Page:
Teaching Mindfulness in Medical School: Where Are We Now and Where Are We Going?
Format: Journal Article
Publication Date: 2013/08//
Pages: 768 - 779
Sources ID: 82481
Collection: Contemplative Pedagogy in Higher Education
Visibility: Public (group default)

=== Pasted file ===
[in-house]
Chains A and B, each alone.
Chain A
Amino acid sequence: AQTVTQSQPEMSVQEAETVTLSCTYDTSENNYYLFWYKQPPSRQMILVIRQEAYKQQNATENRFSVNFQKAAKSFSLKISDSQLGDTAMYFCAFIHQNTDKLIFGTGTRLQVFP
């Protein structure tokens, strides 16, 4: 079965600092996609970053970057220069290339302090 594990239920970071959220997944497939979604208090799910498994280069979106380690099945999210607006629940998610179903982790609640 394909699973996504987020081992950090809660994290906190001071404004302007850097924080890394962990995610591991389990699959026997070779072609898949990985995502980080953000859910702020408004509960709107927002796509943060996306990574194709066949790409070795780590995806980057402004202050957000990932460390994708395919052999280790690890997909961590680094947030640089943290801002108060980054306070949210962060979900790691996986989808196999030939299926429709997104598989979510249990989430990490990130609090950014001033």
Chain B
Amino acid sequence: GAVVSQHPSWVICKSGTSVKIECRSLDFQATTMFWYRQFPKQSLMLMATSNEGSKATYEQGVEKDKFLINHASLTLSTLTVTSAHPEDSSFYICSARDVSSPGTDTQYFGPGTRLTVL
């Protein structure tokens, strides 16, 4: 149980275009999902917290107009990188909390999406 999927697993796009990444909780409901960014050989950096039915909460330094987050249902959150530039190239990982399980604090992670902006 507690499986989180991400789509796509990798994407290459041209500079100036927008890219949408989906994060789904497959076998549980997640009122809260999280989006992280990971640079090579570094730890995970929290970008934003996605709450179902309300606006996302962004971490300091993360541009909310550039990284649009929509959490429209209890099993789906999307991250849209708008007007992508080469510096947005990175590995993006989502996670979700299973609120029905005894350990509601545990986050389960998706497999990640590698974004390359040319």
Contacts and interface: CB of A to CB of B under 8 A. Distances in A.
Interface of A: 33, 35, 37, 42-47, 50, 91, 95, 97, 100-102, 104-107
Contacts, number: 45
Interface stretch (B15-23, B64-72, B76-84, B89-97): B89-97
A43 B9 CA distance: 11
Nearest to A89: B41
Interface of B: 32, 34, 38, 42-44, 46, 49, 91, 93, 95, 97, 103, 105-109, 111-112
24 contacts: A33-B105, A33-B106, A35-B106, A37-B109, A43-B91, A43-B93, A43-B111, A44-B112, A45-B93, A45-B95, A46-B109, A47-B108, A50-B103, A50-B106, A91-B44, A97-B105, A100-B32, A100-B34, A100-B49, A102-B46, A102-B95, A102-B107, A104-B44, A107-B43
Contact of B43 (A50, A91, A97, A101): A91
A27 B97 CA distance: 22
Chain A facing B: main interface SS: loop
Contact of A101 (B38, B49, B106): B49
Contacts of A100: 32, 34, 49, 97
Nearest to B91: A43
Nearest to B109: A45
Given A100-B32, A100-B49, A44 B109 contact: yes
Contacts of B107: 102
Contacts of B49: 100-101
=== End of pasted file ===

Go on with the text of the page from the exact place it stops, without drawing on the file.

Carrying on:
ObjectivesMindfulness has the potential to prevent compassion fatigue and burnout in that the doctor who is self‐aware is more likely to engage in self‐care activities and to manage stress better. Moreover, well doctors are better equipped to foster wellness in their patients. Teaching mindfulness in medical school is gaining momentum; we examined the literature and related websites to determine the extent to which this work is carried out with medical students and residents. Methods A literature search revealed that 14 medical schools teach mindfulness to medical and dental students and residents. Results A wide range of formats are used in teaching mindfulness. These include simple lectures, 1‐day workshops and 8–10‐week programmes in mindfulness‐based stress reduction. Two medical schools stand out because they have integrated mindfulness into their curricula: the University of Rochester School of Medicine and Dentistry (USA) and Monash Medical School (Australia). Studies show that students who follow these programmes experience decreased psychological distress and an improved quality of life. Conclusions Although the evidence points to the usefulness of teaching mindful practices, various issues remain to be considered. When is it best to teach mindfulness in the trajectory of a doctor's career? What format works best, when and for whom? How can what is learned be maintained over time? Should mindfulness training be integrated into the medical school core curriculum?